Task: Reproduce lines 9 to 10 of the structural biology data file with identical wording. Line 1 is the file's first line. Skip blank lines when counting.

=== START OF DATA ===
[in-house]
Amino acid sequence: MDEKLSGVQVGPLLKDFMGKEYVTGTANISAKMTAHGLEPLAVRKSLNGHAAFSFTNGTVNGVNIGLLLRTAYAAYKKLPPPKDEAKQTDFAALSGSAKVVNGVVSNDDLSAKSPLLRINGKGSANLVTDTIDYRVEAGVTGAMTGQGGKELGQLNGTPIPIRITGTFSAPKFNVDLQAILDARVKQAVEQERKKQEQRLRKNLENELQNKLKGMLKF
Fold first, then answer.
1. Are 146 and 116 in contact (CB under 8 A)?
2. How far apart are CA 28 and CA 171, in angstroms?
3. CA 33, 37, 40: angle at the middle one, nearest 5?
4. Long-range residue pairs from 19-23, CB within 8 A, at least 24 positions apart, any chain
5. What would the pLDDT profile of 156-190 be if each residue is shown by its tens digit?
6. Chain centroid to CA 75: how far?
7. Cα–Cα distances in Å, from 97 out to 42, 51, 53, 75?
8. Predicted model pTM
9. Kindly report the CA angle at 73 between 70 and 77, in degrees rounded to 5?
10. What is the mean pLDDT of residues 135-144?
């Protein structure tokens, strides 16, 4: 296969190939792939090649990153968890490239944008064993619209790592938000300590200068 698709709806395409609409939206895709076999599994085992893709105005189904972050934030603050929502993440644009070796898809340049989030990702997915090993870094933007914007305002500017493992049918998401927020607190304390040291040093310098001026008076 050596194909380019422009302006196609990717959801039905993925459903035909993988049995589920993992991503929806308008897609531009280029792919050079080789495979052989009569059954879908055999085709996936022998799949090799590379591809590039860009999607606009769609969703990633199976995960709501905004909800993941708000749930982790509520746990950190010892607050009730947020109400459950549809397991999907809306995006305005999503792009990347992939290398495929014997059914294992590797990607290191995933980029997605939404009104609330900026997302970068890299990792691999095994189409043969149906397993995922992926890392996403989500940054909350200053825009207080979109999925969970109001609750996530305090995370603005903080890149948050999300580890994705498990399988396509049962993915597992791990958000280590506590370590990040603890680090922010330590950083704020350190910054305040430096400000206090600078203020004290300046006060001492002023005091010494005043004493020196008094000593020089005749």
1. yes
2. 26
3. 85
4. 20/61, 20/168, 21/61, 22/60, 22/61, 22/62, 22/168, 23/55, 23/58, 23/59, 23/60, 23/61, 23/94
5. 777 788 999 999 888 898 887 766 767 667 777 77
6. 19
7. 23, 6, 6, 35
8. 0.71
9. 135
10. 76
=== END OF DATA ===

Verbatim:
6. Chain centroid to CA 75: how far?
7. Cα–Cα distances in Å, from 97 out to 42, 51, 53, 75?